One thing that has occurred to me often since my recently renewed interest in my local cinema is the fact that the construction of film trailers has, in its own way, become as much of an art as the making of the films themselves. To the extent that the average quality of film trailers is currently much higher than that of films.
In other words, the vast majority of trailers are better than the films they are advertising. And if that idea sounds a little far-fetched, think about how many times you’ve come out of a cinema thinking “hmmm…it wasn’t as good as it looked in the trailer…”
This applies particularly to big budget Hollywood fare, largely because you get to see all the exciting explosions without having to sit through the badly-written talky bits. A particularly notable example would be Godzilla, which constructed its four different trailers essentially as short films, beautifully tense and full of character but without the excesses (which is a polite way of saying crapness) of the film itself. I’d say the trailers for the Lord of the Rings films are also far more watchable than the films, because they’re shorter (and it turns out the Howard Shore actually did just about write enough music to cover a two minute trailer without getting unbearable, so well done him).
Same goes for the current relentlessly reworked American teen/spoof/gross-out comedies – the advantage of a trailer is that you can show all the funny bits in quick succession and people are left thinking it’s going to be the funniest film ever, whereas in fact it’s just all the jokes you’ve already seen spun out by a couple of hours. Barry Norman often used the example of The Nutty Professor to demonstrate his point, having laughed his socks off during a ten-minute preview and been utterly appalled when he finally saw the whole film. (I would point out that if you see a trailer for a comedy of this nature which is not funny, it bodes very badly for the film indeed. If you happen to glimpse the trailer for Date Movie you’ll see what I mean.)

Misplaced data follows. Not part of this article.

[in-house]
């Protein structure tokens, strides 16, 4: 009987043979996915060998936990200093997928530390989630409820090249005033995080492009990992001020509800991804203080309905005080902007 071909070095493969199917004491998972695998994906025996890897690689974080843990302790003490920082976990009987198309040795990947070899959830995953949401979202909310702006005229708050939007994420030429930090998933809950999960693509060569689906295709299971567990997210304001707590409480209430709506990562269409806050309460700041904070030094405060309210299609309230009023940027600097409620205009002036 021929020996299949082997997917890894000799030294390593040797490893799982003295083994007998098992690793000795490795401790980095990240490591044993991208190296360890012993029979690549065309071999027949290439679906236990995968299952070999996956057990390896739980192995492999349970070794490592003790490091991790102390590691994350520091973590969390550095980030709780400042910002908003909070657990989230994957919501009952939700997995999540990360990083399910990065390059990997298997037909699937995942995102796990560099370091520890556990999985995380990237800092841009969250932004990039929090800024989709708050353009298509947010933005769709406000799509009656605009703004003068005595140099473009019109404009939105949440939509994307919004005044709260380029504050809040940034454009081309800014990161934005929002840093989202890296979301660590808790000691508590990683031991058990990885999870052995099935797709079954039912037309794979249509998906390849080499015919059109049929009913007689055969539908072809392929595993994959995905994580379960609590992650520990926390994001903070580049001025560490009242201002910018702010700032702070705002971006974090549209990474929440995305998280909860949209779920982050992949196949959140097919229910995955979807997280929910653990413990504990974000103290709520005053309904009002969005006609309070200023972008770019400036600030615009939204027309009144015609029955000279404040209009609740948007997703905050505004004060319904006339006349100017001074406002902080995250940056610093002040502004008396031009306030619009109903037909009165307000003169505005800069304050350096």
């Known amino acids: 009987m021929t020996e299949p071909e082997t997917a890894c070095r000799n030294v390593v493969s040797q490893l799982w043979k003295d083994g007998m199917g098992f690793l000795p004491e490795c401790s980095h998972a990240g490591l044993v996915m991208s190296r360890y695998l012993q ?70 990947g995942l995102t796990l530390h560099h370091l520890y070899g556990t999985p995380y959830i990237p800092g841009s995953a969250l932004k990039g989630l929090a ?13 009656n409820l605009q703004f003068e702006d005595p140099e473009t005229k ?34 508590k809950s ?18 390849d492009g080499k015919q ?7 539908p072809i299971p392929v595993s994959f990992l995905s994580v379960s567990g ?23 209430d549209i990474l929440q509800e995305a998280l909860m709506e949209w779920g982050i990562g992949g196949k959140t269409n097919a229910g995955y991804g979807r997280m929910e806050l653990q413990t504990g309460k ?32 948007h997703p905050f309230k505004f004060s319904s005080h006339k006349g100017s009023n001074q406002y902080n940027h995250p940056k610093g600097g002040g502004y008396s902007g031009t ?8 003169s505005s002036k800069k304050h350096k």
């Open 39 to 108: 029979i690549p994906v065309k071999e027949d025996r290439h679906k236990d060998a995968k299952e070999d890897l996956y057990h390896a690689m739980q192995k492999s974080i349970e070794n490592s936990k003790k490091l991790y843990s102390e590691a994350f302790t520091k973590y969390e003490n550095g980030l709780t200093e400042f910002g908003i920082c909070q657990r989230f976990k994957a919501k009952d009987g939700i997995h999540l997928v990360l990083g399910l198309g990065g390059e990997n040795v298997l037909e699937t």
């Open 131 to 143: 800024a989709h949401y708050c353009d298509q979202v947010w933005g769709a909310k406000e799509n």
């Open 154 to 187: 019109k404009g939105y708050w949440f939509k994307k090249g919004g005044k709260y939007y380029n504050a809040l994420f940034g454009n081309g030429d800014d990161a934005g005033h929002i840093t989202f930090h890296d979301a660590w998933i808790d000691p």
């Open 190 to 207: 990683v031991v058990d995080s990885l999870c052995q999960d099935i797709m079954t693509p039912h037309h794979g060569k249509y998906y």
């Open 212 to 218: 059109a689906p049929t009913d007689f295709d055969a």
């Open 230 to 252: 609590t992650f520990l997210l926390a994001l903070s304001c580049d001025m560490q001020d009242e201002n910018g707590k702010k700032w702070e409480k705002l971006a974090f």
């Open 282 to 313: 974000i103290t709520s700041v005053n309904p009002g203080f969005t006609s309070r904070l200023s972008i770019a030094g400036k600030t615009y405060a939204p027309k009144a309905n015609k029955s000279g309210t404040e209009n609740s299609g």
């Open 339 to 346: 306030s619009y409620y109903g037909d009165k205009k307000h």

A less mainstream example that springs to mind is The Hitchhiker’s Guide to the Galaxy – the film might have been pleasant enough viewing with occasionally inspired moments, but those of us who have been listening repeatedly to the original radio series since the womb were all uncomfortably aware of what the film was missing. The trailer, however, was done as a Guide entry on film trailers which managed to send up the Hollywood format beautifully – and stood out as two minutes of material that was actually worthy of Douglas Adams. “The Hitchhiker’s Guide to the Galaxy has this to say about movie trailers,” Stephen Fry announces, taking us through the opening stages of a trailer (“often this section is preceded by the words ‘in a world’…”) all the way through to “lastly there is a final montage, often accompanied by rock music that is simply designed to blow away whatever synapses you have left in your brain.” When I first saw it I almost wept with excitement over a film that turned out not to be in the least bit worthy of any tears.
Oh, and speaking of Stephen Fry, there’s the trailer for Gosford Park, which is actually a trailer for a completely different film in which the short bit featuring Fry’s detective has been expanded to make him the main character; as such it makes the film come across as a raucously funny British slapstick romp. I remember a cinema full of people virtually applauding it when it came out. I also remember being a bit disappointed by a film which, though full of magical moments and beautiful ensemble acting, is altogether less hilarious (and also less consistent) than the trailer suggested it would be.
Oh, I could go on… The Passion of the Christ, because in the space of the trailer the violence is genuinely horrific and not just ridiculous. Possibly even Wallace and Gromit and the Curse of the Were-rabbit, again because it contains all the best jokes from the film but mainly because it has Tom Baker’s voice on it.
It’s almost de rigeur for DVDs of films to come with the trailers these days. How long before we get compilation DVDs of just trailers? Could that be the modern equivalent of those old compilation films in the It’s a Carry On vein? Perhaps directors will even start making trailers without films to accompany them, in much the same way as when Jorge Luis Borges had an idea for a novel he’d just write a review of it to save himself the effort of writing the novel itself.
Since I’m on the subject of films, I’ve also started making a list of films I shall never see on principle. They currently stand at the following five:
The Da Vinci Code (and I’ll be starting a club for people who wish to join me in feeling superior)
The Wicker Man remake (no Christopher Lee in a dress? not interested)
The Ladykillers remake (I love the Coen brothers dearly, but what were they thinking???)
The Pink Panther remake (it’s not like the original is a great film to begin with – but Steve Martin as a Peter Sellers for the 21st century? perleeese…)
Matrix Revolutions (as it is I’m pissed off that I wasted three hours of my life watching the first sequel)
I know that’s not a long list, but like the Pope’s list of forbidden works, I think it’s essentially a pretty negative thing to have films that one won’t see on principle. That said, life’s too short to waste on rubbish, and I feel my choices pretty much justify themselves. If you have any suggestions for further films I should avoid, I will certainly consider them.